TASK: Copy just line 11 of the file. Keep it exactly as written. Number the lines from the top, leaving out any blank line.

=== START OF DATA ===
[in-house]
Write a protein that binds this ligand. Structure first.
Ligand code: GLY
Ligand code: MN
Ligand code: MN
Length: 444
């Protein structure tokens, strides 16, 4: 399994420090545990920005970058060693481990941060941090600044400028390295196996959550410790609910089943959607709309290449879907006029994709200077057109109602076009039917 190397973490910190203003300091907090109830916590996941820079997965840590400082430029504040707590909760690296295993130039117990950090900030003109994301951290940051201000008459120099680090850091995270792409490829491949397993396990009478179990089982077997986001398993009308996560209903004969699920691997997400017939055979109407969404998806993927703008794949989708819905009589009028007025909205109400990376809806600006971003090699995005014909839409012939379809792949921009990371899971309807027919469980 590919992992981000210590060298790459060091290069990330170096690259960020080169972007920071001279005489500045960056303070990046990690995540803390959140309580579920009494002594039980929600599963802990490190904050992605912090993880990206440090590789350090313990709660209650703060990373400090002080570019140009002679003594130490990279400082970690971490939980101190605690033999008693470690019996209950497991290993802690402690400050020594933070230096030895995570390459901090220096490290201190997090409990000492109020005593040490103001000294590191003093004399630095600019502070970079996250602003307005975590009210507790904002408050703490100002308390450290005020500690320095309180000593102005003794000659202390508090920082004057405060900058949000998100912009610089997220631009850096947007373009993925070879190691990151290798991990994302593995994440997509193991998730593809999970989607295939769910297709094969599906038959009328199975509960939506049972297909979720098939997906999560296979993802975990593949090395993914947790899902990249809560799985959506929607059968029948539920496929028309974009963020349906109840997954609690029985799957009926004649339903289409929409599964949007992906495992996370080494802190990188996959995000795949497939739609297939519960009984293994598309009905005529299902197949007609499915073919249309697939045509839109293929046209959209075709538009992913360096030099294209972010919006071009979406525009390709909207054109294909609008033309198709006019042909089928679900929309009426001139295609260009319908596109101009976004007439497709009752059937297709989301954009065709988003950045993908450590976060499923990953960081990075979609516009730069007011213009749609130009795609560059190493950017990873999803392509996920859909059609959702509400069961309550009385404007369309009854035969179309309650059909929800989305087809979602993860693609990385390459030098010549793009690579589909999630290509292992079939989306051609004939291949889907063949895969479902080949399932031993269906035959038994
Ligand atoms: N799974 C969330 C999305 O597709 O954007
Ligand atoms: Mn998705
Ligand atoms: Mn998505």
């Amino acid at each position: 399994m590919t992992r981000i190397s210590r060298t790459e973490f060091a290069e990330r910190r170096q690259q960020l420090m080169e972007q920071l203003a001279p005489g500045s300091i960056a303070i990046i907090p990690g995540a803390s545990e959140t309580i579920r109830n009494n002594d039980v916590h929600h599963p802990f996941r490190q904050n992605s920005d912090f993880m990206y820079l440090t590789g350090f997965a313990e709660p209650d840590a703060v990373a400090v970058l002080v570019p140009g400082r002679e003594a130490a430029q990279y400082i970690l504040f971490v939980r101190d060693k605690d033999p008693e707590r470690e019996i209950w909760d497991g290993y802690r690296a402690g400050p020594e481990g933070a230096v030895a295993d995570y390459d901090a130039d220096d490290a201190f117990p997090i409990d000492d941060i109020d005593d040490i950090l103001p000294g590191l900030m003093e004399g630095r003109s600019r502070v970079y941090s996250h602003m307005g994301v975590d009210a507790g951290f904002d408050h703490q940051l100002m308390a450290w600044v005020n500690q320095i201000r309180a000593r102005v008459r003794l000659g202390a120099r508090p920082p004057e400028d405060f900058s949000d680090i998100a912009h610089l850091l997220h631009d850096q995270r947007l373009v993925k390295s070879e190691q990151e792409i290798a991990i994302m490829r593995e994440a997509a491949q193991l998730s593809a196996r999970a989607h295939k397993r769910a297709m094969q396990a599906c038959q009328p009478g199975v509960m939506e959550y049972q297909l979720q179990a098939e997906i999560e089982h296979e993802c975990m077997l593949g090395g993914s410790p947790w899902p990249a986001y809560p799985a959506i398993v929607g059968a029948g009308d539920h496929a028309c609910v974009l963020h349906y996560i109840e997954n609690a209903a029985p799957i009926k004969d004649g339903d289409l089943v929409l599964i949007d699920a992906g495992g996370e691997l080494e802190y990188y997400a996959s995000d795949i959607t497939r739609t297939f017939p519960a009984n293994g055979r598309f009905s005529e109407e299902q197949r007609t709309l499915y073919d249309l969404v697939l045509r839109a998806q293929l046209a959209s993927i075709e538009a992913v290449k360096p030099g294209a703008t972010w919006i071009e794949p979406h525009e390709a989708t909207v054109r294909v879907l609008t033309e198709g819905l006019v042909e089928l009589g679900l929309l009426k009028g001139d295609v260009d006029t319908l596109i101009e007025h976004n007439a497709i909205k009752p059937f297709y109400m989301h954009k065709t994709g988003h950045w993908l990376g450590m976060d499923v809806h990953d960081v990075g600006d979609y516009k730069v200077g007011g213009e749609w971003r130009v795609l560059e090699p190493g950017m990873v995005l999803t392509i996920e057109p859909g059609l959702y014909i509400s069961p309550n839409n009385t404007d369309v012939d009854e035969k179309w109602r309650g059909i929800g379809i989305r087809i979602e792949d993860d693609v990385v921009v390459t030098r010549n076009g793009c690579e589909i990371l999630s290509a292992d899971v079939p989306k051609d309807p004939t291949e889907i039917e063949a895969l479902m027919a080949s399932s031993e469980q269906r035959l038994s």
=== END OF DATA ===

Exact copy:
């Amino acid at each position: 399994m590919t992992r981000i190397s210590r060298t790459e973490f060091a290069e990330r910190r170096q690259q960020l420090m080169e972007q920071l203003a001279p005489g500045s300091i960056a303070i990046i907090p990690g995540a803390s545990e959140t309580i579920r109830n009494n002594d039980v916590h929600h599963p802990f996941r490190q904050n992605s920005d912090f993880m990206y820079l440090t590789g350090f997965a313990e709660p209650d840590a703060v990373a400090v970058l002080v570019p140009g400082r002679e003594a130490a430029q990279y400082i970690l504040f971490v939980r101190d060693k605690d033999p008693e707590r470690e019996i209950w909760d497991g290993y802690r690296a402690g400050p020594e481990g933070a230096v030895a295993d995570y390459d901090a130039d220096d490290a201190f117990p997090i409990d000492d941060i109020d005593d040490i950090l103001p000294g590191l900030m003093e004399g630095r003109s600019r502070v970079y941090s996250h602003m307005g994301v975590d009210a507790g951290f904002d408050h703490q940051l100002m308390a450290w600044v005020n500690q320095i201000r309180a000593r102005v008459r003794l000659g202390a120099r508090p920082p004057e400028d405060f900058s949000d680090i998100a912009h610089l850091l997220h631009d850096q995270r947007l373009v993925k390295s070879e190691q990151e792409i290798a991990i994302m490829r593995e994440a997509a491949q193991l998730s593809a196996r999970a989607h295939k397993r769910a297709m094969q396990a599906c038959q009328p009478g199975v509960m939506e959550y049972q297909l979720q179990a098939e997906i999560e089982h296979e993802c975990m077997l593949g090395g993914s410790p947790w899902p990249a986001y809560p799985a959506i398993v929607g059968a029948g009308d539920h496929a028309c609910v974009l963020h349906y996560i109840e997954n609690a209903a029985p799957i009926k004969d004649g339903d289409l089943v929409l599964i949007d699920a992906g495992g996370e691997l080494e802190y990188y997400a996959s995000d795949i959607t497939r739609t297939f017939p519960a009984n293994g055979r598309f009905s005529e109407e299902q197949r007609t709309l499915y073919d249309l969404v697939l045509r839109a998806q293929l046209a959209s993927i075709e538009a992913v290449k360096p030099g294209a703008t972010w919006i071009e794949p979406h525009e390709a989708t909207v054109r294909v879907l609008t033309e198709g819905l006019v042909e089928l009589g679900l929309l009426k009028g001139d295609v260009d006029t319908l596109i101009e007025h976004n007439a497709i909205k009752p059937f297709y109400m989301h954009k065709t994709g988003h950045w993908l990376g450590m976060d499923v809806h990953d960081v990075g600006d979609y516009k730069v200077g007011g213009e749609w971003r130009v795609l560059e090699p190493g950017m990873v995005l999803t392509i996920e057109p859909g059609l959702y014909i509400s069961p309550n839409n009385t404007d369309v012939d009854e035969k179309w109602r309650g059909i929800g379809i989305r087809i979602e792949d993860d693609v990385v921009v390459t030098r010549n076009g793009c690579e589909i990371l999630s290509a292992d899971v079939p989306k051609d309807p004939t291949e889907i039917e063949a895969l479902m027919a080949s399932s031993e469980q269906r035959l038994s």